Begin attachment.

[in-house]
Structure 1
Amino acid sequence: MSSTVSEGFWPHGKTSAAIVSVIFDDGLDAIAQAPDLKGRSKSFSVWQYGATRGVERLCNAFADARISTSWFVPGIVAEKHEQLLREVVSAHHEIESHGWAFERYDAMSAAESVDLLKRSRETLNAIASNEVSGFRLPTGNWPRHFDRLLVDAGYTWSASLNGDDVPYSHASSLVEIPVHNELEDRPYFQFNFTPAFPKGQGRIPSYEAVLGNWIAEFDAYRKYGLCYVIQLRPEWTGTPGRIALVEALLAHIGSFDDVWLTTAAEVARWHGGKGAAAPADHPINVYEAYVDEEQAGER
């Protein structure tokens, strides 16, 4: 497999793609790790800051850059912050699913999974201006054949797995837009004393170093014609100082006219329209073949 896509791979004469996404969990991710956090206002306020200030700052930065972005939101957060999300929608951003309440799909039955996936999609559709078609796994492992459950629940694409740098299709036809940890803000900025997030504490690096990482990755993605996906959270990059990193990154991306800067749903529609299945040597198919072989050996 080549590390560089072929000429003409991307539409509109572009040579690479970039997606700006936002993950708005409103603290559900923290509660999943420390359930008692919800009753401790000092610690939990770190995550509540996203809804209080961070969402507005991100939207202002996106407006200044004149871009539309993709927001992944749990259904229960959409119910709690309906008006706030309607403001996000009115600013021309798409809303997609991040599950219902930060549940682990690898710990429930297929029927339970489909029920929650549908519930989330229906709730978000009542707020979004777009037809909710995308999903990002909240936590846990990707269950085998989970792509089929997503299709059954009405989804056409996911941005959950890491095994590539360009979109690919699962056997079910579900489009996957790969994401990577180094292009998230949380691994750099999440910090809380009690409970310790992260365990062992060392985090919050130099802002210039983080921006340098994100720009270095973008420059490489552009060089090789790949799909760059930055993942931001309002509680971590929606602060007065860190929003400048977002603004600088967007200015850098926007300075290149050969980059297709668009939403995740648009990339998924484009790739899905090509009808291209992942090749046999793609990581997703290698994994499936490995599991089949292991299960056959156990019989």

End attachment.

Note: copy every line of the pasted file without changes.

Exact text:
[in-house]
Structure 1
Amino acid sequence: MSSTVSEGFWPHGKTSAAIVSVIFDDGLDAIAQAPDLKGRSKSFSVWQYGATRGVERLCNAFADARISTSWFVPGIVAEKHEQLLREVVSAHHEIESHGWAFERYDAMSAAESVDLLKRSRETLNAIASNEVSGFRLPTGNWPRHFDRLLVDAGYTWSASLNGDDVPYSHASSLVEIPVHNELEDRPYFQFNFTPAFPKGQGRIPSYEAVLGNWIAEFDAYRKYGLCYVIQLRPEWTGTPGRIALVEALLAHIGSFDDVWLTTAAEVARWHGGKGAAAPADHPINVYEAYVDEEQAGER
């Protein structure tokens, strides 16, 4: 497999793609790790800051850059912050699913999974201006054949797995837009004393170093014609100082006219329209073949 896509791979004469996404969990991710956090206002306020200030700052930065972005939101957060999300929608951003309440799909039955996936999609559709078609796994492992459950629940694409740098299709036809940890803000900025997030504490690096990482990755993605996906959270990059990193990154991306800067749903529609299945040597198919072989050996 080549590390560089072929000429003409991307539409509109572009040579690479970039997606700006936002993950708005409103603290559900923290509660999943420390359930008692919800009753401790000092610690939990770190995550509540996203809804209080961070969402507005991100939207202002996106407006200044004149871009539309993709927001992944749990259904229960959409119910709690309906008006706030309607403001996000009115600013021309798409809303997609991040599950219902930060549940682990690898710990429930297929029927339970489909029920929650549908519930989330229906709730978000009542707020979004777009037809909710995308999903990002909240936590846990990707269950085998989970792509089929997503299709059954009405989804056409996911941005959950890491095994590539360009979109690919699962056997079910579900489009996957790969994401990577180094292009998230949380691994750099999440910090809380009690409970310790992260365990062992060392985090919050130099802002210039983080921006340098994100720009270095973008420059490489552009060089090789790949799909760059930055993942931001309002509680971590929606602060007065860190929003400048977002603004600088967007200015850098926007300075290149050969980059297709668009939403995740648009990339998924484009790739899905090509009808291209992942090749046999793609990581997703290698994994499936490995599991089949292991299960056959156990019989």